Japanese Flower Cards By
Nicolas Corsi, Jeffrey Crooks, Andrew Hurteau & Dylan Kane
Japan's storied history of gambling and cards starts with the Portuguese introduction of Hombre style playing cards in the 1500's. With Japan's isolation policy which came to prominence in the 1600's all foreign cards were subsequently banned. This became an opportunity for â€œuniquely
Japaneseâ€? playing cards to be created.
Photo source: http://a_pollett.tripod.com/cards6.htm
General History continued
During the Tokugawa period, strict enforcement of gambling laws forbade the use of many other popular card sets. Gambling was a â€œgreat crime and social evilâ€? during this period(Kelly 10). It soon became a cat and mouse game between gamblers and the government. Many games were popularized and subsequently banned throughout 1633 â€“ 1791 C.E.
Hanafuda escaped this by being more esoteric (picture associations in this game take longer to learn than other decks) than other games and as they are not numbered, gambling possibilities were limited.
Hanafuda in the Underworld
This did not stop the Bakuto from adopting them still. They assigned each card a point value so people could wager in games. Bakuto are forerunners of the current Yakuza gangs. They were tattooed outcasts who traveled around Japan betting with commoners. (Hill 97)
As with other important yakuza
symbols, some even incorporated
hanafuda designs in their tattoos. v
This Yakuza man picked the wild
card of the game for his tattoo.
Yakuza Connection in Popular Culture In a 1964 film Pale Flower, this connection to the seedy underbelly of modern Japan can be seen through the eyes of a Yakuza man and his infatuation with a gambling addict. The
Hanafuda cards are an important symbol
in this film. And it gives an idea of what it
is like in this secret underground. http://youtu.be/oOOr4nuWFqU
Artistic and Symbolic Connections â€˘
The actual look of the flower cards are reminiscent of 18th Century screen painting. They are just significantly simplified in design.
Irises by Ogata Korin.
Double Six-fold Screen; colours
and gold foil on paper. Early 18th century.
Artistic and Symbolic Connections
Unlike the royalty on our Western playing cards, hanafuda cards only have one card with a person in the whole set. This card is called the “Rainman card” and is a tribute to the Heian Period calligrapher Ono no Michigaze and a myth surrounding him.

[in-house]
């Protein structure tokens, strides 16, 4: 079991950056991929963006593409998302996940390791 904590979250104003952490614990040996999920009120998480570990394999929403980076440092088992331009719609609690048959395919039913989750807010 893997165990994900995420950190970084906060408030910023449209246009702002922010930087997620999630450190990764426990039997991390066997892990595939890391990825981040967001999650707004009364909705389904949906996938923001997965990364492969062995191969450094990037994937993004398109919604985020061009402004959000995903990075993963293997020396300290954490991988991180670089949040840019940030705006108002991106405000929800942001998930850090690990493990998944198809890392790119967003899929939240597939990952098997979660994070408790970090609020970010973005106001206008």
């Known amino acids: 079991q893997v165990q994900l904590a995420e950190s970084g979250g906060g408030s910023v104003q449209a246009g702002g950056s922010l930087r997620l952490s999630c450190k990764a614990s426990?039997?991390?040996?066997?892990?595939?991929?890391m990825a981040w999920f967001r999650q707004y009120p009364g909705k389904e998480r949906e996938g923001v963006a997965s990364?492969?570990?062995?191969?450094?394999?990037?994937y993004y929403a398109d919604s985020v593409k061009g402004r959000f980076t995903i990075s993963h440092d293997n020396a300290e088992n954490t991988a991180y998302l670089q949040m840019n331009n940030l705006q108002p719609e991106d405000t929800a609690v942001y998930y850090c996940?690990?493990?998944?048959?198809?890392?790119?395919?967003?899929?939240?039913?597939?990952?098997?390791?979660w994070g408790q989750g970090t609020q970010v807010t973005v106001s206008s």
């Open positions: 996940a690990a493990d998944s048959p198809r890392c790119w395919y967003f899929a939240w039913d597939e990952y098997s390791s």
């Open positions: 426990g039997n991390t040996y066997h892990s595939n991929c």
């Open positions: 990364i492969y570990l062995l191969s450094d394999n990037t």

“As a young man he was walking in the rain and saw a frog attempting to eat an insect in a willow tree. Watching the frog fail again and again before ultimately succeeding he learned the value of perseverance” (Leonard).
Ono no Michigaze by Kikuchi Yosai 19th Century;
Characteristics of Hanafuda
Cards are much smaller than a typical Western style deck of cards. Each card is on a thick cardstock, and are very simple in design. Typical hanafuda cards have plain black backs.
There are 48 cards in a deck with 12 suits of 4 cards each.
Each suit has a unique flower and is related to a month of the year. All suits contain two mirrored flower cards, a ribbon card, and a special card. The only exception is December(Willow) which contains three special cards and a ribbon. (Leonard)
Suits Continued July
How to Play Koi Koi
Koi–Koi is a 2 player game where the goal is to collect certain sets of cards called “yaku” to gain points.
Each player is dealt 8 cards, and 8 cards are laid out between the players on the “field.” Every turn players must place down one card from their hand. If it is a match to a field card they can pick it up and then it goes to their “capture pile”. Also, every turn a card is pulled from the face down pile, and if that matches a field card the player receives them too. If not it stays on the field. Cards are considered a match when they are from the same month.
If a player places a card which has no match it stays on the field and the player captures nothing.
Example of the starting layout and field
How to Play Koi Koi v
Once a yaku is collected, the player can either yell “Game” or “Koi” (Japanese for Come on!). If they yell “Game” the round ends and that player gets the value of his/her captured yakus. If they yell Koi they can try to capture more sets or add to their current sets.
There is a risk in calling Koi though, as if the opponent player ends up going out first they get double points for the round. If no player can get any yaku's in a round by running out of cards in their hand the Dealer of the round gets 6 points.
In Koi-koi one player always gains some points, and the other player gets zero points every round. Typical games go for 12 rounds.
Koi Koi Extra Circumstances v
If a player is dealt either an entire Month, or 2 cards from 4 seperate months they win the round automatically and gain 6 points. But if both players have this happen play continues as normal. (Leonard)
Yaku or Winning Sets in Koi-Koi
Hill, Peter. "The Changing Face of the Yakuza." Global Crime. 6.1 (2004): 97-116. Web. 29 Oct. 2012. DOI: 10.1080/1744057042000297007 Kelly, W.H., 2007. Gaming and gambling in Japan: An overview and themes for further research. Europe Japan Research Centre â€“ Occasional papers series: No.3. September 2007. Oxford Brookes University. <http://www.socialsciences.brookes.ac.uk/research/centres/ejrc/downloads/GamblingInJ apan.pdf>. Leonard, Graham. "The Cards." Hanafuda Kabufuda. N.p., 26 2004. Web. 30 Oct 2012. <http://www.hanafubuki.org/cards.html>. http://www.gamedesign.jp/flash/hanafuda/rule_e.html